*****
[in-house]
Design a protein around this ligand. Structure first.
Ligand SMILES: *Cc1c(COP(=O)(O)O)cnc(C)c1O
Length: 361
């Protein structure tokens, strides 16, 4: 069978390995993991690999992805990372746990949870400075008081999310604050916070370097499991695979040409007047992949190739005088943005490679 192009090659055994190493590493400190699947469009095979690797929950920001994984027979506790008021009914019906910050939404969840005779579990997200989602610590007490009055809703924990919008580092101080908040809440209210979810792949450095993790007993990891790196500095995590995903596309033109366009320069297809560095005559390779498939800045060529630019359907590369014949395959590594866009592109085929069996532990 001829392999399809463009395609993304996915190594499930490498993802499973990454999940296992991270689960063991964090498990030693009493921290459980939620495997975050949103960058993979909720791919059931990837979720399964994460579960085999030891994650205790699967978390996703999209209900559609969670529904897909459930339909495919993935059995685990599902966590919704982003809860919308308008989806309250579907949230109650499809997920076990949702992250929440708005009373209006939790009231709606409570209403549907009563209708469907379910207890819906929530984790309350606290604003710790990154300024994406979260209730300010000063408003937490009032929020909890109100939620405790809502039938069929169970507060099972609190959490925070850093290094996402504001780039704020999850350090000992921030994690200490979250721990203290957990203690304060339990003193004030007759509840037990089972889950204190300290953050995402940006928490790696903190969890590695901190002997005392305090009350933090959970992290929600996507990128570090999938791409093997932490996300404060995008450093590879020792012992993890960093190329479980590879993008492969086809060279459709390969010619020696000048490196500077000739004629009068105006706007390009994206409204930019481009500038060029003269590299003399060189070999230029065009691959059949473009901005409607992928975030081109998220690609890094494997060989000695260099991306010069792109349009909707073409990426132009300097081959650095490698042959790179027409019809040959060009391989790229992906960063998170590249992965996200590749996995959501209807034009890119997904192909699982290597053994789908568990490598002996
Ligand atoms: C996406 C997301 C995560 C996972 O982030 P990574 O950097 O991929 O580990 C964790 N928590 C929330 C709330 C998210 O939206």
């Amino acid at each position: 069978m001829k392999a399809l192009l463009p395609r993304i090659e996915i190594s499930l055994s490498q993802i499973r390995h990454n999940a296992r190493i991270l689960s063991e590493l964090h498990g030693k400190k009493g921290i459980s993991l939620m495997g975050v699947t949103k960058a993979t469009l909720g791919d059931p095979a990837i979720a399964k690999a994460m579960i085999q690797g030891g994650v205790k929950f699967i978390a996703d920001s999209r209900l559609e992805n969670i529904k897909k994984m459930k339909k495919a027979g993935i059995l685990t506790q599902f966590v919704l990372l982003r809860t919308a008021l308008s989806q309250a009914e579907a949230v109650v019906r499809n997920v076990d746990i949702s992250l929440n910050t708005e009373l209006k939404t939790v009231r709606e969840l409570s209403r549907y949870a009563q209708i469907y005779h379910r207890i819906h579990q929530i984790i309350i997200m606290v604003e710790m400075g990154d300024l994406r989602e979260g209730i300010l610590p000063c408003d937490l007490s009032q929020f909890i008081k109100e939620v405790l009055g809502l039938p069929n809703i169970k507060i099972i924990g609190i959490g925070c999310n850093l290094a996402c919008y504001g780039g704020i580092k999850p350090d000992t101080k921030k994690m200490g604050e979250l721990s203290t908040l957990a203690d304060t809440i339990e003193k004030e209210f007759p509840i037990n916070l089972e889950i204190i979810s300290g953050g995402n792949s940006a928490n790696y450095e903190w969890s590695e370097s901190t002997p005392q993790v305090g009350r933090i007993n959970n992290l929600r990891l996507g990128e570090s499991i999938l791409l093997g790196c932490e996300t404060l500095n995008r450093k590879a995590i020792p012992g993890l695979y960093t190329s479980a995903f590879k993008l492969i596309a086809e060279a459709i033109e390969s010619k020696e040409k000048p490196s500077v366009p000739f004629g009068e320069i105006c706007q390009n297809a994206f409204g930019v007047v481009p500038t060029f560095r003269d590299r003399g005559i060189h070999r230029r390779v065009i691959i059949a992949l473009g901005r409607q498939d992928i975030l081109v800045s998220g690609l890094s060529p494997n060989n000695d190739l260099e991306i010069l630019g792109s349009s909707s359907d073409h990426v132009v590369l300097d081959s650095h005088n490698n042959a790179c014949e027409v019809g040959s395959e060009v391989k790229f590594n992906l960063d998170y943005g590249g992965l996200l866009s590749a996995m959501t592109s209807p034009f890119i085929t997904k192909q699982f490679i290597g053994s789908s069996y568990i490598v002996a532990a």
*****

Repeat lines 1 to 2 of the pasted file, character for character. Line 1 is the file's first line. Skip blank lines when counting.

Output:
[in-house]
Design a protein around this ligand. Structure first.